Ginny Hendricks – 2017 June 30
Q: What do you get if you combine our three organisations for a week to catch up with our Korean community - publishers, librarians, universities, researchers, and service providers?
A: Two events, plenty of meetings, great conversations and feedback, fabulous Korean hospitality, and a little jet-lag.
Over the past few years, Crossref has seen huge growth in our members in Korea. We have nine Sponsoring Affiliates (who look after nearly 1,000 members between them), two Sponsoring Publishers and nearly 80 Library members. With the International DOI Foundation (IDF) strategy meeting taking place in Daejon, it seemed sensible to combine that with our own events and meetings with key organizations. This also fitted nicely with some plans that ORCID and DataCite had, so we combined forces.
We (that’s me, Rachael Lammey, Ed Pentz, and Geoffrey Bilder) hosted a Crossref LIVE local event on Monday 12th June for around 80 members and affiliates. We were joined by Alice Meadows and Nobuko Maiyairi (ORCID), Martin Fenner (DataCite), and Professor Sun-Tae Hong (Seoul National University) as co-presenters. We looked at the global reach of Korean research, and how registering content with Crossref and participating in services like Reference Linking helps create valuable connections between research outputs. With so many established members in Korea, we were able to go beyond the basics and emphasize the importance of metadata input, metadata delivery, and preview our upcoming Event Data service. We also talked data-sharing and the value of integrating ORCID iDs into publisher and institution workflows.
Growth in research outputs in Asia Pacific 2009-2017. Source: Web of Science databases SCI-E, SSCI and AHCI only, downloaded 19/4/2017. Data provided by Wiley (thank you!)
Later in the week we took a multi-pronged approach to highlight the many shared principles of our organizations and discuss the specific initiatives we’re collaborating on. We held the Joint Global Infrastructure Conference covering the global nature of what we do and the connections/interoperability between ORCID, DataCite and Crossref. This interoperability and our governance structures lend themselves to cooperation on other initiatives such as Metadata 2020 and The OI Project, which we were able to share.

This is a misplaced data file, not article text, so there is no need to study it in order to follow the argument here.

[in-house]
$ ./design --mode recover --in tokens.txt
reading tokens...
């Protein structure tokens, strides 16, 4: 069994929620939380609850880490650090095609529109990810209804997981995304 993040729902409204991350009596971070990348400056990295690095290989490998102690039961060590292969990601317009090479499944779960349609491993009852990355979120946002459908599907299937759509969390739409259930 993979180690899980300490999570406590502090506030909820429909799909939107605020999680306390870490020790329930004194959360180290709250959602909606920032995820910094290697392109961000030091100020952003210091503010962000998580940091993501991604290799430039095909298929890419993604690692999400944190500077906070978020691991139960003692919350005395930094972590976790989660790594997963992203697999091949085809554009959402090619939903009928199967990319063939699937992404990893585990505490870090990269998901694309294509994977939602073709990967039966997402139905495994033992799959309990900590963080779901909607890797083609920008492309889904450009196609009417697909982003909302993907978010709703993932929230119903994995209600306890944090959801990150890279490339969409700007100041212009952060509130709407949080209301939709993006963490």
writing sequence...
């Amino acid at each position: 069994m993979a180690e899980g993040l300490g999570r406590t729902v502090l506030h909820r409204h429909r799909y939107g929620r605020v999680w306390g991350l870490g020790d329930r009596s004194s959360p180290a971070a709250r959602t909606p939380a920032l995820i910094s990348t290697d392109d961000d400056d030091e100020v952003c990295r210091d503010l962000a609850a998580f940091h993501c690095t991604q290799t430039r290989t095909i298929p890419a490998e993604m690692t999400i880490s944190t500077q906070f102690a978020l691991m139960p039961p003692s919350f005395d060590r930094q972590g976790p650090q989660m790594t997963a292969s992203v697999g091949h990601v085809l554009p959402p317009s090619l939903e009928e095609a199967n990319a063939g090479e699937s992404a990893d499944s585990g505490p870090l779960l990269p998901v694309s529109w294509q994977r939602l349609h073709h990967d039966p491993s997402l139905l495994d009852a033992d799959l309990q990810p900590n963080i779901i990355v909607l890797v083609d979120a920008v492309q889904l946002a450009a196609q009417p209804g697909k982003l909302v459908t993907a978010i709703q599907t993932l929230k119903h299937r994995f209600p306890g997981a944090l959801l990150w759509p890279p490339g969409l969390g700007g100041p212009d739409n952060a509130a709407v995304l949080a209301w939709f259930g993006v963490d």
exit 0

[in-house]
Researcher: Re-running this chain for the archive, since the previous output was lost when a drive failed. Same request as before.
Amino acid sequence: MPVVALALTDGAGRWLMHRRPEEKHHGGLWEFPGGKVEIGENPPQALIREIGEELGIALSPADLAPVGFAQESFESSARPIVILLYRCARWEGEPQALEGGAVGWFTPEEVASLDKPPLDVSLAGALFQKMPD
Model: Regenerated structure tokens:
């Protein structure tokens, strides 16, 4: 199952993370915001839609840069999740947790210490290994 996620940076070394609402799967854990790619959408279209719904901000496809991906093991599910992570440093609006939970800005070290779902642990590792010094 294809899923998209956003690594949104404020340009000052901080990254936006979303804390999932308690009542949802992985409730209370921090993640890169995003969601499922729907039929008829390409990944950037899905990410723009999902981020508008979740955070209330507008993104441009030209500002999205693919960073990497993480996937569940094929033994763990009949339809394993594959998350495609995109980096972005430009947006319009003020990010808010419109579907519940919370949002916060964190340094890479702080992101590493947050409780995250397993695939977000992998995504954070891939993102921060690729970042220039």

Guest speakers volunteered to talk about how they work with our organizations - we were joined by Choon Shil Lee from the Korean Association of Medical Journal Editors (KAMJE) to demonstrate their ORCID integrations, and Hideaki Takeda from the Japan Link Centre (JaLC) who discussed the infrastructure and services they use to register and disseminate content globally. User stories like this are great - they highlight how people work with our services, give others ideas, and also flag up where we can do more.
Part of doing more involved providing clarification on Crossref’s position alongside other DOI Registration Agencies. With a new Registration Agency in Korea, we needed to communicate the global nature of what we do to help our members achieve their discoverability goals, as not all DOIs are made equal. Through working with ORCID and DataCite colleagues we were able to place great importance both on our work worldwide, and on the benefits to Korean societies in collaborating outside national boundaries.
Combining talks from our three organizations was a great opportunity to emphasize the importance of shared global infrastructure. Geoffrey Bilder’s plug socket analogy is apt - services that work cross-border, cross-language, and cross-subject areas streamline processes for all of our different communities and enable research to travel beyond national boundaries and help it be found, linked, cited and assessed.
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